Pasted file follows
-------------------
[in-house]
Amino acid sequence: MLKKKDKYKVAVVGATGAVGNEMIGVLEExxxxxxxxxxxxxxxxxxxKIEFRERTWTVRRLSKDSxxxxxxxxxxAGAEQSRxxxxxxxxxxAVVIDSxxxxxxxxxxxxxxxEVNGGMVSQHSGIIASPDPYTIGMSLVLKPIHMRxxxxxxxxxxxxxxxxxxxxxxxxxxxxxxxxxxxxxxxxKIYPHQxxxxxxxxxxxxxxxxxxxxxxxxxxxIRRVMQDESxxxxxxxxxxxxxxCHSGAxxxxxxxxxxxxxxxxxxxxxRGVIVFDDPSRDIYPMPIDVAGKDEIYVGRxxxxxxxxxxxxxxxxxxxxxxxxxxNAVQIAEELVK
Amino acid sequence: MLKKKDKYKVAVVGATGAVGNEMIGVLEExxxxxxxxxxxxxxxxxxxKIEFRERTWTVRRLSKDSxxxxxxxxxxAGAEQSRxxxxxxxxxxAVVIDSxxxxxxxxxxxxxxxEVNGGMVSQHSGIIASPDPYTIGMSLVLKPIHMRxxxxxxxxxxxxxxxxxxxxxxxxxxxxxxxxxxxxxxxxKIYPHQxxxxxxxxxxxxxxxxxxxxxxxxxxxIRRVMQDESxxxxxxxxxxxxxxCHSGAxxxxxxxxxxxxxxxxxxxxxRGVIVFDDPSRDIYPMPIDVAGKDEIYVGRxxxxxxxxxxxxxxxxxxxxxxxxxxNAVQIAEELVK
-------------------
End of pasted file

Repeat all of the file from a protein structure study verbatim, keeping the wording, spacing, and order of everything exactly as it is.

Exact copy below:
[in-house]
Amino acid sequence: MLKKKDKYKVAVVGATGAVGNEMIGVLEExxxxxxxxxxxxxxxxxxxKIEFRERTWTVRRLSKDSxxxxxxxxxxAGAEQSRxxxxxxxxxxAVVIDSxxxxxxxxxxxxxxxEVNGGMVSQHSGIIASPDPYTIGMSLVLKPIHMRxxxxxxxxxxxxxxxxxxxxxxxxxxxxxxxxxxxxxxxxKIYPHQxxxxxxxxxxxxxxxxxxxxxxxxxxxIRRVMQDESxxxxxxxxxxxxxxCHSGAxxxxxxxxxxxxxxxxxxxxxRGVIVFDDPSRDIYPMPIDVAGKDEIYVGRxxxxxxxxxxxxxxxxxxxxxxxxxxNAVQIAEELVK
Amino acid sequence: MLKKKDKYKVAVVGATGAVGNEMIGVLEExxxxxxxxxxxxxxxxxxxKIEFRERTWTVRRLSKDSxxxxxxxxxxAGAEQSRxxxxxxxxxxAVVIDSxxxxxxxxxxxxxxxEVNGGMVSQHSGIIASPDPYTIGMSLVLKPIHMRxxxxxxxxxxxxxxxxxxxxxxxxxxxxxxxxxxxxxxxxKIYPHQxxxxxxxxxxxxxxxxxxxxxxxxxxxIRRVMQDESxxxxxxxxxxxxxxCHSGAxxxxxxxxxxxxxxxxxxxxxRGVIVFDDPSRDIYPMPIDVAGKDEIYVGRxxxxxxxxxxxxxxxxxxxxxxxxxxNAVQIAEELVK